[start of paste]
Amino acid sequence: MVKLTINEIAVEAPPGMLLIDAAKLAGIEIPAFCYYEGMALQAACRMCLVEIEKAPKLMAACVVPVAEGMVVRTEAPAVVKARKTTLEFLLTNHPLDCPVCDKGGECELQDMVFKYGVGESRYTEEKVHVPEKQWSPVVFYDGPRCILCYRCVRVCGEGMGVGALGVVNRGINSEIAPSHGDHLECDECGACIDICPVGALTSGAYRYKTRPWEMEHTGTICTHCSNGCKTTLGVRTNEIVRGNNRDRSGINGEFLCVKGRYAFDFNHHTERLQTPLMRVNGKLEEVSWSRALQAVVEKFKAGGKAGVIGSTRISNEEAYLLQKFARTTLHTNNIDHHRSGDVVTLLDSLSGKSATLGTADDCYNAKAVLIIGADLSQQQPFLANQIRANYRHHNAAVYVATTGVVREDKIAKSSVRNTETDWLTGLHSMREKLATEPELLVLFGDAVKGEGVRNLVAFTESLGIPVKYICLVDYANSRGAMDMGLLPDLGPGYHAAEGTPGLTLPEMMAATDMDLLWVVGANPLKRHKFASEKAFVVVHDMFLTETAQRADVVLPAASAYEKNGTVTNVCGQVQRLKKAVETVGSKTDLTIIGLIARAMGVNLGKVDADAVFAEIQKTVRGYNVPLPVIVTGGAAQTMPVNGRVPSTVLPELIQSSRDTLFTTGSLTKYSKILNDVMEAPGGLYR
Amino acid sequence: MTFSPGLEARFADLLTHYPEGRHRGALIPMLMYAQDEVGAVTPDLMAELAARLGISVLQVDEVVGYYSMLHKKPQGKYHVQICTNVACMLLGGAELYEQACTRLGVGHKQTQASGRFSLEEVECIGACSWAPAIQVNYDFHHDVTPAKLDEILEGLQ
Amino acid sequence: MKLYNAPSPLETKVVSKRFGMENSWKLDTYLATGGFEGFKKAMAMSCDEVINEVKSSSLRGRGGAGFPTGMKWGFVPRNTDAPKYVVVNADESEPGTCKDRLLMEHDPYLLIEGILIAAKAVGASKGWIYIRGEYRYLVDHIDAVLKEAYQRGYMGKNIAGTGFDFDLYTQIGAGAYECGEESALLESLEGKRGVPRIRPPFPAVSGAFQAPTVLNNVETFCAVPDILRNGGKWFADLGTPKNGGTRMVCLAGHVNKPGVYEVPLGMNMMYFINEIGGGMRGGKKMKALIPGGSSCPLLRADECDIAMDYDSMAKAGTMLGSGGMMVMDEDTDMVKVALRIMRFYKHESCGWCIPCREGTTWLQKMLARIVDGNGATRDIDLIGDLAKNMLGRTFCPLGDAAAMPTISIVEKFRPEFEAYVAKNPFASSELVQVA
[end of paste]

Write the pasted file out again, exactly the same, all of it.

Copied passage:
Amino acid sequence: MVKLTINEIAVEAPPGMLLIDAAKLAGIEIPAFCYYEGMALQAACRMCLVEIEKAPKLMAACVVPVAEGMVVRTEAPAVVKARKTTLEFLLTNHPLDCPVCDKGGECELQDMVFKYGVGESRYTEEKVHVPEKQWSPVVFYDGPRCILCYRCVRVCGEGMGVGALGVVNRGINSEIAPSHGDHLECDECGACIDICPVGALTSGAYRYKTRPWEMEHTGTICTHCSNGCKTTLGVRTNEIVRGNNRDRSGINGEFLCVKGRYAFDFNHHTERLQTPLMRVNGKLEEVSWSRALQAVVEKFKAGGKAGVIGSTRISNEEAYLLQKFARTTLHTNNIDHHRSGDVVTLLDSLSGKSATLGTADDCYNAKAVLIIGADLSQQQPFLANQIRANYRHHNAAVYVATTGVVREDKIAKSSVRNTETDWLTGLHSMREKLATEPELLVLFGDAVKGEGVRNLVAFTESLGIPVKYICLVDYANSRGAMDMGLLPDLGPGYHAAEGTPGLTLPEMMAATDMDLLWVVGANPLKRHKFASEKAFVVVHDMFLTETAQRADVVLPAASAYEKNGTVTNVCGQVQRLKKAVETVGSKTDLTIIGLIARAMGVNLGKVDADAVFAEIQKTVRGYNVPLPVIVTGGAAQTMPVNGRVPSTVLPELIQSSRDTLFTTGSLTKYSKILNDVMEAPGGLYR
Amino acid sequence: MTFSPGLEARFADLLTHYPEGRHRGALIPMLMYAQDEVGAVTPDLMAELAARLGISVLQVDEVVGYYSMLHKKPQGKYHVQICTNVACMLLGGAELYEQACTRLGVGHKQTQASGRFSLEEVECIGACSWAPAIQVNYDFHHDVTPAKLDEILEGLQ
Amino acid sequence: MKLYNAPSPLETKVVSKRFGMENSWKLDTYLATGGFEGFKKAMAMSCDEVINEVKSSSLRGRGGAGFPTGMKWGFVPRNTDAPKYVVVNADESEPGTCKDRLLMEHDPYLLIEGILIAAKAVGASKGWIYIRGEYRYLVDHIDAVLKEAYQRGYMGKNIAGTGFDFDLYTQIGAGAYECGEESALLESLEGKRGVPRIRPPFPAVSGAFQAPTVLNNVETFCAVPDILRNGGKWFADLGTPKNGGTRMVCLAGHVNKPGVYEVPLGMNMMYFINEIGGGMRGGKKMKALIPGGSSCPLLRADECDIAMDYDSMAKAGTMLGSGGMMVMDEDTDMVKVALRIMRFYKHESCGWCIPCREGTTWLQKMLARIVDGNGATRDIDLIGDLAKNMLGRTFCPLGDAAAMPTISIVEKFRPEFEAYVAKNPFASSELVQVA